Annually your mortgage company will pay your taxes on your behalf. If your property insurance is included in your "escrow account" or closing costs, this will be paid by them as well.
You receive statements from your taxing authorities so you will stay informed of their current valuation of your property. Property increase is good for resale valuation but that doesn't guarantee you'll get that amount, it's just a good rule-of-thumb. They try to go by similar property sales in your area "comps or comparables" but keep in mind, your interior isn't part of that number. If you have upgrades or updates you'll receive a better price. However, the bottom line is... your home is worth what a Buyer will pay & you'll accept at that time of the sale.
Keep in mind too: higher the evaluation = higher taxes you'll pay. Due to this reason alone, even if my evaluation goes down I usually let that slide because it saves me money now. What I get for my house when it sells is not determined by your tax evaulation. Only if there is a significant jump in price would I dispute the Taxing Authority.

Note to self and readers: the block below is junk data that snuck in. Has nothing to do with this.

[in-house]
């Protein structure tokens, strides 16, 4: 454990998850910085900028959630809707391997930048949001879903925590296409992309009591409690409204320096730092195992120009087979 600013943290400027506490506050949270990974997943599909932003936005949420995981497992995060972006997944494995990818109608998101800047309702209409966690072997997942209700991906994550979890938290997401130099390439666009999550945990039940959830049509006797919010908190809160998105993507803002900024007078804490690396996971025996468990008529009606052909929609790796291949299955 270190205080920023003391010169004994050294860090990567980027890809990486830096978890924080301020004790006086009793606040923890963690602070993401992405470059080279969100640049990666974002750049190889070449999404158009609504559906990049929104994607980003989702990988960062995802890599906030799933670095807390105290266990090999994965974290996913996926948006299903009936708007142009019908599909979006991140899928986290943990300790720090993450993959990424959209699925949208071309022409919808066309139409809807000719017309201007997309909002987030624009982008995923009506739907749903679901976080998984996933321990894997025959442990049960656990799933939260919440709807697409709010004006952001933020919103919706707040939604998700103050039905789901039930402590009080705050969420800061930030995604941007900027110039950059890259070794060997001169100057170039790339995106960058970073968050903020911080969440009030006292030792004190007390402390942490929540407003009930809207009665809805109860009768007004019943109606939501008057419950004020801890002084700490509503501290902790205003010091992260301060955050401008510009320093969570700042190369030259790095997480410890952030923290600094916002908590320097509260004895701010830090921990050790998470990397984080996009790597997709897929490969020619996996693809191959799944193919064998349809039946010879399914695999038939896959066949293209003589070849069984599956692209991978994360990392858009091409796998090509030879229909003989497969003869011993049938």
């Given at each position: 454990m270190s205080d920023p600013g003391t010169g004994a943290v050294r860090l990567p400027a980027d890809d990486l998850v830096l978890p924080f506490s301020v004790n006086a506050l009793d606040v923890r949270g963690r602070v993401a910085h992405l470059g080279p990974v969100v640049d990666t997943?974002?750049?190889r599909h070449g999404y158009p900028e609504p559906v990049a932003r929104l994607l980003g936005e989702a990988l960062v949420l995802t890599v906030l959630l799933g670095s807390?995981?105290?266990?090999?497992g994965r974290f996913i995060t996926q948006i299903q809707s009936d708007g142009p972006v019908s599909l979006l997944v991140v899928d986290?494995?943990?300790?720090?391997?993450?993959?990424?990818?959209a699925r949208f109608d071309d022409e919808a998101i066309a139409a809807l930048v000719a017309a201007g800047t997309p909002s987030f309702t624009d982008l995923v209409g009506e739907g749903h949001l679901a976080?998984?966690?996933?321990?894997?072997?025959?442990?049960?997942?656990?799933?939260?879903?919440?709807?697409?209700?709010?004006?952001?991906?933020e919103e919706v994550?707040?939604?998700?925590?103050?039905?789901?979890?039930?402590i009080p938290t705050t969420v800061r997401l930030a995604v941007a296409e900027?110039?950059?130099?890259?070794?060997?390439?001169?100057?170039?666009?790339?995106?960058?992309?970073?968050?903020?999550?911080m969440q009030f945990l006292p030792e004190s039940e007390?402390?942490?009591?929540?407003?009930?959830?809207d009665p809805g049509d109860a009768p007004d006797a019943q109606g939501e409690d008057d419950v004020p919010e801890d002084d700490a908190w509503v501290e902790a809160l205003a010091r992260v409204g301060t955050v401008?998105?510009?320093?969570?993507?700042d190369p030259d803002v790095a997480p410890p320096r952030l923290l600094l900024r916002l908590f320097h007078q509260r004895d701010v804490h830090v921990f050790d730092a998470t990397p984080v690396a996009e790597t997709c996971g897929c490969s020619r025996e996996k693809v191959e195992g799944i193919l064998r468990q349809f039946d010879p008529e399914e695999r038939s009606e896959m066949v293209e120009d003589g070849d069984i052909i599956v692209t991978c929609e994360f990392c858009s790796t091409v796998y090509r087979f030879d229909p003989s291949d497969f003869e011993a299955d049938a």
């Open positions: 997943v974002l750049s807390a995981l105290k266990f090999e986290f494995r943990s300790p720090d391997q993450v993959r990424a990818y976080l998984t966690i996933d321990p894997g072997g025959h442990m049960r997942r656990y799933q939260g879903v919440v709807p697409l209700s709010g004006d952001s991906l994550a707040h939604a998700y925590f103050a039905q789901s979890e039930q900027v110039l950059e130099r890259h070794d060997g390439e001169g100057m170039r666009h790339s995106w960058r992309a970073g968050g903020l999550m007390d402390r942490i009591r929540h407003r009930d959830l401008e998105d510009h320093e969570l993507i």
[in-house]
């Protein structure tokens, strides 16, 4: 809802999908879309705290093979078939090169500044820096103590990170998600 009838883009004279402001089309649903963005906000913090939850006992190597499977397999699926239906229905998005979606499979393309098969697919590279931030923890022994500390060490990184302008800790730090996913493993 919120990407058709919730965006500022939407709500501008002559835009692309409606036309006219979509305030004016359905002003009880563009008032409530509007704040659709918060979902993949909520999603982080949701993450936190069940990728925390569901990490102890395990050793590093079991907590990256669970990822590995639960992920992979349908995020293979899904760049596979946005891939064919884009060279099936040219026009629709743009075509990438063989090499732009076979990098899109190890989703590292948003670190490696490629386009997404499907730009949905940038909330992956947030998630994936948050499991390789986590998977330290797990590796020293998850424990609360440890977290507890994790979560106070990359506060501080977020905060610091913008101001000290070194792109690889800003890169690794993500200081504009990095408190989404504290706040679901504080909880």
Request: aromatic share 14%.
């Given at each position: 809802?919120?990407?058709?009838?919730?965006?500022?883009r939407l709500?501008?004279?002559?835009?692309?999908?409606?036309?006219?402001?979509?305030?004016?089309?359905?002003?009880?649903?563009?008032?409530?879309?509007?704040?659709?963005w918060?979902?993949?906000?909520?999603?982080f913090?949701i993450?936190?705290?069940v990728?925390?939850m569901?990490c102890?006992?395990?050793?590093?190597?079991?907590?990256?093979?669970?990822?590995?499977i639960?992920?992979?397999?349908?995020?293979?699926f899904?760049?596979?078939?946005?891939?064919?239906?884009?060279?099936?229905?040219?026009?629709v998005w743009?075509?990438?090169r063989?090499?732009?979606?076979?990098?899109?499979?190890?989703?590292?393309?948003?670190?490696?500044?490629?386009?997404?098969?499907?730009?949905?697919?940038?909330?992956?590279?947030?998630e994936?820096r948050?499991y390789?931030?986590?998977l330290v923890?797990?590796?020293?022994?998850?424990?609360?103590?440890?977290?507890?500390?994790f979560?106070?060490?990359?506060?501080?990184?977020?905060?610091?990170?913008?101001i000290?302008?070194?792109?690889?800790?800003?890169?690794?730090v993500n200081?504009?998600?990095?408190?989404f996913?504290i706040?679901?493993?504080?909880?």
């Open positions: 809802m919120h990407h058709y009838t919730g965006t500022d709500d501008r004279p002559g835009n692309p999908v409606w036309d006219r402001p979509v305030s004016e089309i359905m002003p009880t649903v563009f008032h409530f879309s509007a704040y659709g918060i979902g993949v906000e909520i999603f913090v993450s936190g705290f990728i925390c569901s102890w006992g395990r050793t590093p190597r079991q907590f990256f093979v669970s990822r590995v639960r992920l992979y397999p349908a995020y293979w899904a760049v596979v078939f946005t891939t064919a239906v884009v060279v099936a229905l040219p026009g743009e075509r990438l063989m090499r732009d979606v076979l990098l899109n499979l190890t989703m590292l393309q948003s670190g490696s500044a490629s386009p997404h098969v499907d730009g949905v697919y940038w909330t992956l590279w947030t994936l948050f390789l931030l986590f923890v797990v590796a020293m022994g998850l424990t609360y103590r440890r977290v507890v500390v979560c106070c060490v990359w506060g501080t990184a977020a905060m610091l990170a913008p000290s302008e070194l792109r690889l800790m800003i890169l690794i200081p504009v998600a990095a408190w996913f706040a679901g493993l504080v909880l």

Yearly you should also receive an accounting of your escrow account from your mortgage company. This statement will reflect everything paid by them on your behalf for the year: taxes, insurance & possibly PMI if you own less than 20% of your home. Believe it or not, PMI is default insurance for your mortgage investor. Once you own 20% equity you're exempt.
May 25, 2012